Natural History Museum
Exhibitions currently running:
Sebastião Salgado: Genesis - The world premiere of Sebastião Salgado: Genesis unveils extraordinary images of landscapes, wildlife and remote communities by this world-renowned photographer. Until 8 September.
Extinction: Not the End of the World? - What does extinction mean to you? Death, the end? Or maybe a new start? In this exhibition, astonishing images, real specimens and interactive installations will bring to life some of the amazing lost species. It will highlight those endangered today, as well as the remarkable stories of survivors of mass extinctions. Until 8 September.
Darwin Centre (Phase One) - In Phase One of the new Darwin Centre you can access a working scientific building. Here you can see zoological specimens on display in the visitor space and explore, via touch screens, the Museum's collections and find out more about the scientific research that is currently underway at the Museum. Free tours behind the scenes and events with scientists take place daily.
Darwin Centre Explore - Go behind-the-scenes on a tour of one of the world's most extensive natural history collections. See vast storerooms in a building where some 22 million zoological specimens are housed. Tours leave every 30 minutes daily. A limited number of tickets are available in advance at www.nhm.ac.uk/darwincentre (includes booking fee) or on 020 7942 6128 (lines operate 10.00-18.00)
Darwin Centre Live - Darwin Centre Live is a varied daily programme of free events where visitors can meet Museum curators and researchers to find out about their work, recent scientific discoveries and the Museum's vast collections. Darwin Centre Live events run at 14.30 weekdays and 12.00 and 14.30 at weekends. A full listing can be found at www.nhm.ac.uk/darwincentre
Darwin Centre opening times: Monday to Saturday 10.00-17.50, Sunday 11.00-17.50 Public enquiries: 020 7942 5000
Permanent exhibitions -
Dinosaurs, volcanoes, precious gems, creepy crawlies - as a visitor to the Natural History Museum you will be amazed by the diversity of our natural world.
The Museum is not only home to the nation's finest collection of natural history specimens, but is also one of the UK's top attractions, with more than three million visitors a year. The collection we look after here now has 70 million plants, animals, fossils, rocks and minerals - many of which are displayed in fascinating exhibitions.
The Vault - Discover nature’s masterpieces at The Vault, a new free gallery at the Natural History Museum. It reveals the stories behind some of mother nature’s rare, unique and valuable treasures through a dazzling collection of the finest gems, crystals and metals from around the world. The delights held in The Vault will inspire both fashionistas and fans of gemstone geology. These include an extraordinary pink morganite beryl from Madagascar, an incredibly rare orange padparadscha sapphire from Sri Lanka and a 1,700-carat topaz found in the late nineteenth century.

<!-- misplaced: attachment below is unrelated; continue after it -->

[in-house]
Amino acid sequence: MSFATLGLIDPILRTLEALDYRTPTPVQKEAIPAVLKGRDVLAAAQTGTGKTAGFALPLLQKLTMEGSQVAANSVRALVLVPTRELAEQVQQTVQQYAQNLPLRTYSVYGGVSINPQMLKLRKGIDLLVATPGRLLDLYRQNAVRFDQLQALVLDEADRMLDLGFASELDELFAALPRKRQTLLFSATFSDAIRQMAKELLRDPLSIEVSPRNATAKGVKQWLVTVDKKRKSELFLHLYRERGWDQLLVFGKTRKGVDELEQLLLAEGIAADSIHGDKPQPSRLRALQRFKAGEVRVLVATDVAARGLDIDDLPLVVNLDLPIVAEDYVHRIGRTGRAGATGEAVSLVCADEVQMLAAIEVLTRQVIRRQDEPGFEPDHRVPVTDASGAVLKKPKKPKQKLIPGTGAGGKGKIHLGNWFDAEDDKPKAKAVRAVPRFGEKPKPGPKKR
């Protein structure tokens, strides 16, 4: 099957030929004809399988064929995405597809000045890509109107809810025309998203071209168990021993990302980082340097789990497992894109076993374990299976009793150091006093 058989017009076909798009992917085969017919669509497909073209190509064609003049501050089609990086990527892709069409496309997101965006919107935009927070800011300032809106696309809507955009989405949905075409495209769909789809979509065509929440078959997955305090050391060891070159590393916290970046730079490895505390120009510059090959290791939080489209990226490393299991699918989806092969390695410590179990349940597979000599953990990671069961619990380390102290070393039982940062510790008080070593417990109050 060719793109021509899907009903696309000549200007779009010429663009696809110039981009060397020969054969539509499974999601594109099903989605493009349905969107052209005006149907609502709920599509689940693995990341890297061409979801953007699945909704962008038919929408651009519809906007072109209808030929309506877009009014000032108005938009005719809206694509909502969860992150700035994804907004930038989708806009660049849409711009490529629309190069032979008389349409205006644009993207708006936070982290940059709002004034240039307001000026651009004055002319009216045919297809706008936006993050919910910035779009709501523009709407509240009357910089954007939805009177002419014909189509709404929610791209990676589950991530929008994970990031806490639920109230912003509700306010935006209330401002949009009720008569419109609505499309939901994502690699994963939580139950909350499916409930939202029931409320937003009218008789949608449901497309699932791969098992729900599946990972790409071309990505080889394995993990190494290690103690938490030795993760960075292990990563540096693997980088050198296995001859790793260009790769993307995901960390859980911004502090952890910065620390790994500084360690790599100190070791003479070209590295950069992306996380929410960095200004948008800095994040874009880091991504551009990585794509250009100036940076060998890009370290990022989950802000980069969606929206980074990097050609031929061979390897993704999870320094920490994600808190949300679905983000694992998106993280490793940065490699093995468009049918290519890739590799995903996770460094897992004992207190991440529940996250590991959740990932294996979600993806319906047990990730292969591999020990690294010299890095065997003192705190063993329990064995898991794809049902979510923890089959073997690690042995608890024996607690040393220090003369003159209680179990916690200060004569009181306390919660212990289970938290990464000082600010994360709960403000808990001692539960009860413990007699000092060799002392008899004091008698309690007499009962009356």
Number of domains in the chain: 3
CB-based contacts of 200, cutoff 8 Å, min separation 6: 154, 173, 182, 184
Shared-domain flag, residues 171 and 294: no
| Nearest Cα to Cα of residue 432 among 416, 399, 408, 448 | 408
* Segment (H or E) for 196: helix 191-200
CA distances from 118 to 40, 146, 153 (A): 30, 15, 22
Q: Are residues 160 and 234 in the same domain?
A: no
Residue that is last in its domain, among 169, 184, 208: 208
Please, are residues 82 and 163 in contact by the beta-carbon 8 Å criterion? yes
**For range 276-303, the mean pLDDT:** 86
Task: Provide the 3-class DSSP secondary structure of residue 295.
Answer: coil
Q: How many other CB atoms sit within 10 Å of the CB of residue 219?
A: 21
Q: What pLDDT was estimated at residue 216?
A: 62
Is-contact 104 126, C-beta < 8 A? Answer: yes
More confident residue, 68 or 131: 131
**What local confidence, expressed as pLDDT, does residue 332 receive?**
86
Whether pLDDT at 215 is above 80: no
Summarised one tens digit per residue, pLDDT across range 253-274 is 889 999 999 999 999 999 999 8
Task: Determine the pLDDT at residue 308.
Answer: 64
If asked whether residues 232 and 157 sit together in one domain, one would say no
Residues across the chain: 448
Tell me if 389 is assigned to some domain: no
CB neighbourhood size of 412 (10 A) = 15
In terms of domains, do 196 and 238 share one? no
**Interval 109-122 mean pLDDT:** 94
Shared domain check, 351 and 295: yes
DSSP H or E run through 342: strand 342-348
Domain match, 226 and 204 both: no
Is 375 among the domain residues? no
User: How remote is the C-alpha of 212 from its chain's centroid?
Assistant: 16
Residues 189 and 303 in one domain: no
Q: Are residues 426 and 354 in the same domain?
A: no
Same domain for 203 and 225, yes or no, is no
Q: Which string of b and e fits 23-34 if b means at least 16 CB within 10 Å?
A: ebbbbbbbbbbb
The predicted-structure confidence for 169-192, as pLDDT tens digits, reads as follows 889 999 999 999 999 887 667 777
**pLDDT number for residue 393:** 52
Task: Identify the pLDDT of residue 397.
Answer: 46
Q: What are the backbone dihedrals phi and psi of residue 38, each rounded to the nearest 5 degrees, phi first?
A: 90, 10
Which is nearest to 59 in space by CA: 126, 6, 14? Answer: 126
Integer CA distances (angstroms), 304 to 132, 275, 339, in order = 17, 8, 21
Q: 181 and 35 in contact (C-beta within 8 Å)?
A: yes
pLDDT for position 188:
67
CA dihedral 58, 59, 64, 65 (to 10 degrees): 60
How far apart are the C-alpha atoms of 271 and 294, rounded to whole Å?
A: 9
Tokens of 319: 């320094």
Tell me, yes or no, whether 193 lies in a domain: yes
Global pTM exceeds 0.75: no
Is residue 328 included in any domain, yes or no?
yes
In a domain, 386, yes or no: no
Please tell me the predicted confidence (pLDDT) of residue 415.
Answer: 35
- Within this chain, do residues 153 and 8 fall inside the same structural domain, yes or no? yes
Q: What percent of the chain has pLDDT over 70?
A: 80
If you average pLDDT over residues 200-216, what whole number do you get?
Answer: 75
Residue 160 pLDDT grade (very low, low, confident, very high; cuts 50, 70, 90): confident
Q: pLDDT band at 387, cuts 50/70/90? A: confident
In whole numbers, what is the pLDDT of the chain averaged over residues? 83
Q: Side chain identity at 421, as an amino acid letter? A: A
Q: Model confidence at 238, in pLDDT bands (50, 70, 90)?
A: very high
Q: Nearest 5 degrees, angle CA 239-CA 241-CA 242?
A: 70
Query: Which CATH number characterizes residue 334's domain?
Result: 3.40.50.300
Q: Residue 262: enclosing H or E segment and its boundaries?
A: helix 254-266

The Aurora Collection is also part of The Vault’s exclusive assortment. This world-class set of 296 naturally coloured and exceptionally rare diamonds includes the 12 colour varieties of this exquisite stone, ranging from emerald green and lemon yellow to blood red and lavender blue. The 267.45-carat display highlights a little-known property shared by coloured and white diamonds – some of them glow and change colour when exposed to ultra-violet light. Other highlights in The Vault have stellar origins such as the Nakhla, an extremely rare Martian meteorite that people in Egypt witnessed falling to Earth in 1911. It is one of fewer than 100 known specimens in the world. The Vault replaces the meteorites display in the Minerals gallery, and is free to all visitors to the Natural History Museum.
Explore - The Natural History museum looks after more than 70 million specimens representing the variety of life on Earth. Take a free behind-the-scenes tour to see snapshots of these collections and find out how they are used by our 300 scientists. The tour also includes a visit to one of their largest specimens, a giant squid. Tours last about 45 minutes. Numbers are limited, so please book at the information desk in the Central Hall when you arrive. Children must be accompanied by an adult, and tours are not suitable for children under eight.
Natural History Museum history:
Alfred Waterhouse`s purpose-built mock-Romanesque colossus ensures the Natural History Museum`s status as London`s most handsome museum. Its vast collections - and there is much more hidden away in the vaults - derive from a bequest by Sir Hans Sloane to the British Museum, and it was separated off in the 1860s after a huge power struggle.
Charles Darwin, notably, opposed the move, in part for the separation of science from the other arts, in part due to his hatred of the founding director, Richard Owen, an amazing figure, who arranged expeditions around the globe to provide everything from butterflies to dinosaurs for the museum`s cabinets. Caught up, without huge public funds, in the current enthusiasm for museum redesign and accessibility, the contents are a mishmash of truly imaginative exhibits peppered among other little changed since the museum`s opening in 1881.
Thirty-six crates containing the cast of Diplodocus arrived in London in February 1905. The Director of the Carnegie Museum, William Holland, came over to oversee the installation, along with Arthur Coggeshall, pictured here, Chief Preparator in the Carnegie's Paleontology Section. This photograph was taken just after the official presentation - the chairs have not been fully cleared away - as Diplodocus was first displayed in the Reptile Gallery in the west wing (now part of the Hall of Human Biology).
Diplodocus on display, May 1905 Image © The Natural History Museum
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